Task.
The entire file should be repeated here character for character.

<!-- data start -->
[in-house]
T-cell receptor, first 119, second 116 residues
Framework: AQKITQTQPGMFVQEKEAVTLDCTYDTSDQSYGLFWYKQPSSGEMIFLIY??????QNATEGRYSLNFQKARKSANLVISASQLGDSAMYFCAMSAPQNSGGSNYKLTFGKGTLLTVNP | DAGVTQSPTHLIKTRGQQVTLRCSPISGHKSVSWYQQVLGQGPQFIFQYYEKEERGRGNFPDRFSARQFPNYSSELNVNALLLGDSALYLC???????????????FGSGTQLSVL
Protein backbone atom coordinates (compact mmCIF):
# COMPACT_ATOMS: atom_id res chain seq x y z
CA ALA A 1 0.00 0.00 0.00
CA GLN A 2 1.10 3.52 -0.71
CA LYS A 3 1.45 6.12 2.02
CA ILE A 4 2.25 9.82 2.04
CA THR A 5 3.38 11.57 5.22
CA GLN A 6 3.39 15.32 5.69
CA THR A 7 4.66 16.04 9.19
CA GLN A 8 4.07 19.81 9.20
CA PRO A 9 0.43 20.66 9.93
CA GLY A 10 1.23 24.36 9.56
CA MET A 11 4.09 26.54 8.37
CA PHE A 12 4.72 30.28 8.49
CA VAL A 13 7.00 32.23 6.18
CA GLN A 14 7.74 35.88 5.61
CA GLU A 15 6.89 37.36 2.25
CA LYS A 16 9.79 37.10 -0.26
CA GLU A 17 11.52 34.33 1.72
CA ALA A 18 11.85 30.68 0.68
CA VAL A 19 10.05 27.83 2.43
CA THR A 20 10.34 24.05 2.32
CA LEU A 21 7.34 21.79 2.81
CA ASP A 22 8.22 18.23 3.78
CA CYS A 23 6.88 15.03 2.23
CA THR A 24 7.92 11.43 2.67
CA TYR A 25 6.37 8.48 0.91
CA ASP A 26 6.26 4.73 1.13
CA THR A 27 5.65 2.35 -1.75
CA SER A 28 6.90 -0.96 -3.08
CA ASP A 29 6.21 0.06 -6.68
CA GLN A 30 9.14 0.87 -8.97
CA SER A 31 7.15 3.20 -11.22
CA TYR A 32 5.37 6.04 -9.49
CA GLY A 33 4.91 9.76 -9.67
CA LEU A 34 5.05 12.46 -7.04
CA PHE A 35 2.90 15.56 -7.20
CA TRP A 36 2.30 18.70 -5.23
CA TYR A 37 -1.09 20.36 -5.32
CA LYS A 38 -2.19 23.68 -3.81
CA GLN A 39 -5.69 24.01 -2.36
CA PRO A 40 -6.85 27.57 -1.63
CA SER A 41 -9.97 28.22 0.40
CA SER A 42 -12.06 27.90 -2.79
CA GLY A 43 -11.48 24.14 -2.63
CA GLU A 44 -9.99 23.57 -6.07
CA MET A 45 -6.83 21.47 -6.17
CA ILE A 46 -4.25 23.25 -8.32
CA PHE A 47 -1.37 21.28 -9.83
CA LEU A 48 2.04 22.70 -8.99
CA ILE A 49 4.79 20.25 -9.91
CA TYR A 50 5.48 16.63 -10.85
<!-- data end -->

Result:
[in-house]
T-cell receptor, first 119, second 116 residues
Framework: AQKITQTQPGMFVQEKEAVTLDCTYDTSDQSYGLFWYKQPSSGEMIFLIY??????QNATEGRYSLNFQKARKSANLVISASQLGDSAMYFCAMSAPQNSGGSNYKLTFGKGTLLTVNP | DAGVTQSPTHLIKTRGQQVTLRCSPISGHKSVSWYQQVLGQGPQFIFQYYEKEERGRGNFPDRFSARQFPNYSSELNVNALLLGDSALYLC???????????????FGSGTQLSVL
Protein backbone atom coordinates (compact mmCIF):
# COMPACT_ATOMS: atom_id res chain seq x y z
CA ALA A 1 0.00 0.00 0.00
CA GLN A 2 1.10 3.52 -0.71
CA LYS A 3 1.45 6.12 2.02
CA ILE A 4 2.25 9.82 2.04
CA THR A 5 3.38 11.57 5.22
CA GLN A 6 3.39 15.32 5.69
CA THR A 7 4.66 16.04 9.19
CA GLN A 8 4.07 19.81 9.20
CA PRO A 9 0.43 20.66 9.93
CA GLY A 10 1.23 24.36 9.56
CA MET A 11 4.09 26.54 8.37
CA PHE A 12 4.72 30.28 8.49
CA VAL A 13 7.00 32.23 6.18
CA GLN A 14 7.74 35.88 5.61
CA GLU A 15 6.89 37.36 2.25
CA LYS A 16 9.79 37.10 -0.26
CA GLU A 17 11.52 34.33 1.72
CA ALA A 18 11.85 30.68 0.68
CA VAL A 19 10.05 27.83 2.43
CA THR A 20 10.34 24.05 2.32
CA LEU A 21 7.34 21.79 2.81
CA ASP A 22 8.22 18.23 3.78
CA CYS A 23 6.88 15.03 2.23
CA THR A 24 7.92 11.43 2.67
CA TYR A 25 6.37 8.48 0.91
CA ASP A 26 6.26 4.73 1.13
CA THR A 27 5.65 2.35 -1.75
CA SER A 28 6.90 -0.96 -3.08
CA ASP A 29 6.21 0.06 -6.68
CA GLN A 30 9.14 0.87 -8.97
CA SER A 31 7.15 3.20 -11.22
CA TYR A 32 5.37 6.04 -9.49
CA GLY A 33 4.91 9.76 -9.67
CA LEU A 34 5.05 12.46 -7.04
CA PHE A 35 2.90 15.56 -7.20
CA TRP A 36 2.30 18.70 -5.23
CA TYR A 37 -1.09 20.36 -5.32
CA LYS A 38 -2.19 23.68 -3.81
CA GLN A 39 -5.69 24.01 -2.36
CA PRO A 40 -6.85 27.57 -1.63
CA SER A 41 -9.97 28.22 0.40
CA SER A 42 -12.06 27.90 -2.79
CA GLY A 43 -11.48 24.14 -2.63
CA GLU A 44 -9.99 23.57 -6.07
CA MET A 45 -6.83 21.47 -6.17
CA ILE A 46 -4.25 23.25 -8.32
CA PHE A 47 -1.37 21.28 -9.83
CA LEU A 48 2.04 22.70 -8.99
CA ILE A 49 4.79 20.25 -9.91
CA TYR A 50 5.48 16.63 -10.85